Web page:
A Trend in 2017: Use of the False Claims Act for Malpractice Cases in Long Term Care

Multi-million dollar settlements in False Claims Act (FCA) cases against long term care (LTC) facilities made headlines several times in 2017.  I have blogged several times on the FCA and could not allow this trend to go without comment.

We all know that the purpose of the FCA is to penalize government contractors that submit false claims for reimbursement to government programs.  The penalty is triggered when anyone “knowingly presents or causes to be presented a false or fraudulent claim for payment or approval” or “knowingly makes, uses or causes to be made or used a false record or statement material to get a false or fraudulent claim paid.” For LTC facilities, the opportunity for such false claims usually arises in reimbursements from Medicare or Medicaid for care not provided or for providing an unnecessary higher level of care to receive higher reimbursements.  How the FCA is being applied in LTC cases, which appears prominently in the 2017 settlements, is through its application as a malpractice regulator, rather than as the originally intended contract fraud gatekeeper.

In October 2017, a Texas LTC facility settled a FCA case for $5 million.  In the case of U.S. v. Health Services Management (“HSM”), two of the FCA violations asserted in Count One of the Amended Complaint were denying medically necessary services to patients, and providing services that were “worthless.”  The allegations were that the services provided to residents were “representative of the absence of care or inadequate care” because the facility “failed to meet professionally recognized standards of health care.” Some of the specific facts were taking too long to conduct incontinence care, infrequent tracheostomy suctioning, residents falling, and failure to conduct two hour incontinence checks. The settlement agreement resolved claims that the services billed for were so deficient and substandard that they were worthless and harmed the residents. These assertions are essentially medical malpractice or negligence claims masquerading as FCA violations.  They are not contract fraud claims arising under the FCA because the question of whether care levels are appropriate for a resident is based on the individual resident’s medical condition.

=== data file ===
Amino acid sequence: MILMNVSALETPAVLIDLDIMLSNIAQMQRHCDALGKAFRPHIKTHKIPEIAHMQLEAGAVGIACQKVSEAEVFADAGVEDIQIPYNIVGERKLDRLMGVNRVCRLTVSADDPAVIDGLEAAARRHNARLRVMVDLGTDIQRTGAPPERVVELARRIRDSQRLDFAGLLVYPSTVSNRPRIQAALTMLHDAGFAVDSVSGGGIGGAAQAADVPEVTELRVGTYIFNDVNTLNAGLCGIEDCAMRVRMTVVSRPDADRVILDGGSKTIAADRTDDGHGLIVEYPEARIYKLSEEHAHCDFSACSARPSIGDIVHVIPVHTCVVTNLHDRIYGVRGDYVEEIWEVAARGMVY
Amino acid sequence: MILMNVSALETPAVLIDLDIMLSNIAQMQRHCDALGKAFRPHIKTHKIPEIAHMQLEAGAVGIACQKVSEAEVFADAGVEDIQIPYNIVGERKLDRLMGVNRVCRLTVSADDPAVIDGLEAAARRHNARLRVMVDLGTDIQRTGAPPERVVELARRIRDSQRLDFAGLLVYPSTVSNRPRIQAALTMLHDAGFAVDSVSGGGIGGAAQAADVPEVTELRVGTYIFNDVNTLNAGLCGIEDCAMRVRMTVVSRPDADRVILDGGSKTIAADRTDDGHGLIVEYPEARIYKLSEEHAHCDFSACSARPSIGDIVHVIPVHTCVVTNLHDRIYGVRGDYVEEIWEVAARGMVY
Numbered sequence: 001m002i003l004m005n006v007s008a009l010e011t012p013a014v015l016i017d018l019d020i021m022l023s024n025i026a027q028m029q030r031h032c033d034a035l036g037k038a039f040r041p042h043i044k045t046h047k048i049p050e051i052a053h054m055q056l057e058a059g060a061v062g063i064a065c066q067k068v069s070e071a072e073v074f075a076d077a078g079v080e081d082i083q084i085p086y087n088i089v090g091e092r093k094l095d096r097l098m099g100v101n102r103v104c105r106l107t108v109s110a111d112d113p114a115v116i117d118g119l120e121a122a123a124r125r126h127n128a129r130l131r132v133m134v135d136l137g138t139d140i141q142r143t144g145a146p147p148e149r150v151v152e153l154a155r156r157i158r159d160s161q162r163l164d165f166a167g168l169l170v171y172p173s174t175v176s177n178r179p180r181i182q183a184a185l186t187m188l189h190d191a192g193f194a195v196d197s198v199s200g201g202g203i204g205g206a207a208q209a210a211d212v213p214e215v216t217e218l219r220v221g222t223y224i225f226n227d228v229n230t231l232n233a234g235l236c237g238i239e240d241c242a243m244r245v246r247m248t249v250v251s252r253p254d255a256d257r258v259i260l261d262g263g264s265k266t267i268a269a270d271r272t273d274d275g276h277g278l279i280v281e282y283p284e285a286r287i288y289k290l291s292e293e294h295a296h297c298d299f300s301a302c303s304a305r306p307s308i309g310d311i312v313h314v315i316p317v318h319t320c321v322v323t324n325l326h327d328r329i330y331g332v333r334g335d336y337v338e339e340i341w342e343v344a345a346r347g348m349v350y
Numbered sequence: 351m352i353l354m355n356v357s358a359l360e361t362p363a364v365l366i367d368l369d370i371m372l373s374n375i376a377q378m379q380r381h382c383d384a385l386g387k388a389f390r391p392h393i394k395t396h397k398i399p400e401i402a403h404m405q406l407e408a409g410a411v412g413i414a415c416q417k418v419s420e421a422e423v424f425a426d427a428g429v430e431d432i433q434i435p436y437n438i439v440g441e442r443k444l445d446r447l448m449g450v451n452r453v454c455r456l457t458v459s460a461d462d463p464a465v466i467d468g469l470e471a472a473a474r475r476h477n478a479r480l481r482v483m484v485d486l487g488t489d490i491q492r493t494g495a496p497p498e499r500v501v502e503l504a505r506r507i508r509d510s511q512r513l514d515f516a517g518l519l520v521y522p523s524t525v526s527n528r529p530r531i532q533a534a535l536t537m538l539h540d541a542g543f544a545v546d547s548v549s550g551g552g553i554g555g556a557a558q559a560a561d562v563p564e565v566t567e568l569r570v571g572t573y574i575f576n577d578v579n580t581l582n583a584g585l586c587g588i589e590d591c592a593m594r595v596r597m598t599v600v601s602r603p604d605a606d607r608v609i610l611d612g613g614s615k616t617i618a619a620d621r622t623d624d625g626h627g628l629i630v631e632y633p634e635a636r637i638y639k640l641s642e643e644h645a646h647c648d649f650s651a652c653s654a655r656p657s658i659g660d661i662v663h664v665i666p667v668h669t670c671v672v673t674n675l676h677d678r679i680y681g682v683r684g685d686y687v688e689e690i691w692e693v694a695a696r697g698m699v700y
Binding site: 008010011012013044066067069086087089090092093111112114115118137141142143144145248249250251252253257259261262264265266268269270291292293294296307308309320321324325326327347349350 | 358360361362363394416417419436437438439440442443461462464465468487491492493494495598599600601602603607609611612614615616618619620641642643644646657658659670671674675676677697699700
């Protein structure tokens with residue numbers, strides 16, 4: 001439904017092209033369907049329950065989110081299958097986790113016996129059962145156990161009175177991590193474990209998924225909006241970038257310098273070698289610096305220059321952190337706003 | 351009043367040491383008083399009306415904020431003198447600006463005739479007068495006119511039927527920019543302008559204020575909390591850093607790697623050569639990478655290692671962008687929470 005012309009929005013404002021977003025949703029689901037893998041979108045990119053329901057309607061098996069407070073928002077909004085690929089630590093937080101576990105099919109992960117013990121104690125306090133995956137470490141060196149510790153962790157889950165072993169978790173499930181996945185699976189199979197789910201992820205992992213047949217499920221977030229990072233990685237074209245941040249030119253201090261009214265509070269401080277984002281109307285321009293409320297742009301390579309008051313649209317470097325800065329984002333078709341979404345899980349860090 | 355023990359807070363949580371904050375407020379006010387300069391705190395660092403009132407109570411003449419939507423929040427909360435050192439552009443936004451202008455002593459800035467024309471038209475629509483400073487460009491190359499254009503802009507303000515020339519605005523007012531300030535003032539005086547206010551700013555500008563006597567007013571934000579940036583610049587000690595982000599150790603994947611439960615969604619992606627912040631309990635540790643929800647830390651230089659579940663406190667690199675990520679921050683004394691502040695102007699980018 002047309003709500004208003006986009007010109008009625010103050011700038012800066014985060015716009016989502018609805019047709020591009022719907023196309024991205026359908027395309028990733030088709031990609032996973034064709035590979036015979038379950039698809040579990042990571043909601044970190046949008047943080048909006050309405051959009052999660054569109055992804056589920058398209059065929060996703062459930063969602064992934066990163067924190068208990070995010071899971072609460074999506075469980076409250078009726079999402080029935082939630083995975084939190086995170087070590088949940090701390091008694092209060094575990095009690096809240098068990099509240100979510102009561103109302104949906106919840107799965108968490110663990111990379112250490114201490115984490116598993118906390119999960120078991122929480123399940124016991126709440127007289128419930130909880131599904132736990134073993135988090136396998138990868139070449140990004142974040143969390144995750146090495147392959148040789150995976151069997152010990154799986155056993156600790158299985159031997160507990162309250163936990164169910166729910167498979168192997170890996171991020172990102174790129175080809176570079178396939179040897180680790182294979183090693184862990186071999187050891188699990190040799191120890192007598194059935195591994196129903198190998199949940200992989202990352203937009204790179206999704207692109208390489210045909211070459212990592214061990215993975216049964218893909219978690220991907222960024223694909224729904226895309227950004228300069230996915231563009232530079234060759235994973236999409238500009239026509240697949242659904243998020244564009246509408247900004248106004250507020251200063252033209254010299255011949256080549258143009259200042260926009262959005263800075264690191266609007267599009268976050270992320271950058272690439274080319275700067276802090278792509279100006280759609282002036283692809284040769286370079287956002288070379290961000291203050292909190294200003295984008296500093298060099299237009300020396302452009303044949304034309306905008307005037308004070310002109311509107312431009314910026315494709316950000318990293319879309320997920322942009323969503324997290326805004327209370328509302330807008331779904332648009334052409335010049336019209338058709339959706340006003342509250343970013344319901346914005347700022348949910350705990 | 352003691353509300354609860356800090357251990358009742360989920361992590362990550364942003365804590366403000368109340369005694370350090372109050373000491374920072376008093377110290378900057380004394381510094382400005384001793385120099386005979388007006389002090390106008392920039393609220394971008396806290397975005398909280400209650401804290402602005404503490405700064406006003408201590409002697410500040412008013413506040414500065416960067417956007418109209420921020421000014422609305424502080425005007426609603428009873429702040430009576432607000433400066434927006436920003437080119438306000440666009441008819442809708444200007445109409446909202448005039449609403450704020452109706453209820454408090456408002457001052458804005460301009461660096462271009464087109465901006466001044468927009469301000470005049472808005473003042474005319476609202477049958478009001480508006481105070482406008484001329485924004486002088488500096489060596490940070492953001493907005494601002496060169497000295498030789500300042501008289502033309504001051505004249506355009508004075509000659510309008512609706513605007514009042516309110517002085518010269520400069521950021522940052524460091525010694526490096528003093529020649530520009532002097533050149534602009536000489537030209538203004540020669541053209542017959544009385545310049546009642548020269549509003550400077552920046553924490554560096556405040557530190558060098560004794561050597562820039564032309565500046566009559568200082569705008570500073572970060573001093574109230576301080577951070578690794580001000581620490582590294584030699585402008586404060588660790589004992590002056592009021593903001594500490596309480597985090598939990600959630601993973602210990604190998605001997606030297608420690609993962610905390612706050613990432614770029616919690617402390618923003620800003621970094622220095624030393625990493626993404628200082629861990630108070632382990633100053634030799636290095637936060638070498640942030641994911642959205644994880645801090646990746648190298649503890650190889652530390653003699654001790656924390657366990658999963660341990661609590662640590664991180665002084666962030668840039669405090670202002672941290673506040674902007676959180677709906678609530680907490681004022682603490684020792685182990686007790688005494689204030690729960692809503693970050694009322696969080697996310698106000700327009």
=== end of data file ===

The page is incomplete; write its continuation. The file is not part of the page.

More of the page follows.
In November 2017, a Mississippi LTC facility paid a $1.25 million settlement of FCA standard of care claims, including, infrequent hydration, inadequate staffing levels, development of pressure ulcers, and resident falls. These are negligence claims.

The U.S. Supreme Court’s Escobar decision addresses what constitutes false claims under the FCA.  The Court held that a false claim can exist when a defendant submits a reimbursement claim with specific representations about the goods or services provided and knowingly fails to disclose noncompliance with a statutory, regulatory or contractual requirement that would make those specific representations false and material misrepresentations to the government’s decision to reimburse.1  So, what statutory, regulatory or contractual requirements were violated by the Mississippi and Texas facilities?

The Department of Justice relies on the Medicaid program integrity regulations in 42 C.F.R.§455.  Specifically, the definitions identify Medicaid abuse as provider practices that are inconsistent with sound medical practices, resulting in unnecessary cost to Medicaid or failing to meet professionally recognized standards for health care.  There are no specific regulations for how often hydration should occur, how frequently residents should be checked for incontinence, how to prevent pressure ulcers and what a pressure ulcer treatment program should look like, what the best staffing levels are, how to prevent resident falls, or how tracheostomy suctioning should be performed.  Answering the question of whether those services are adequate requires a standard of care or negligence analysis.

Why does this matter?  The FCA allows for treble damages for reimbursements made under fraudulent circumstances.  If negligent LTC care is part of that damages scheme, the federal program is paid and a whistleblower can receive up to one-third of the recovery.  Typically the whistleblower is a disgruntled former employee.  None of the settlement agreements have released claims by the residents or family members for negligent care because they cannot release claims of nonparties to the settlement.  Thus, these FCA settlements may be the tip of the iceberg for LTC facilities. Stay tuned for how this trend evolves.


1 Universal Health Services, Inc. v. Escobar, 136 S.Ct. 1989, 1999, 2001 (2016)

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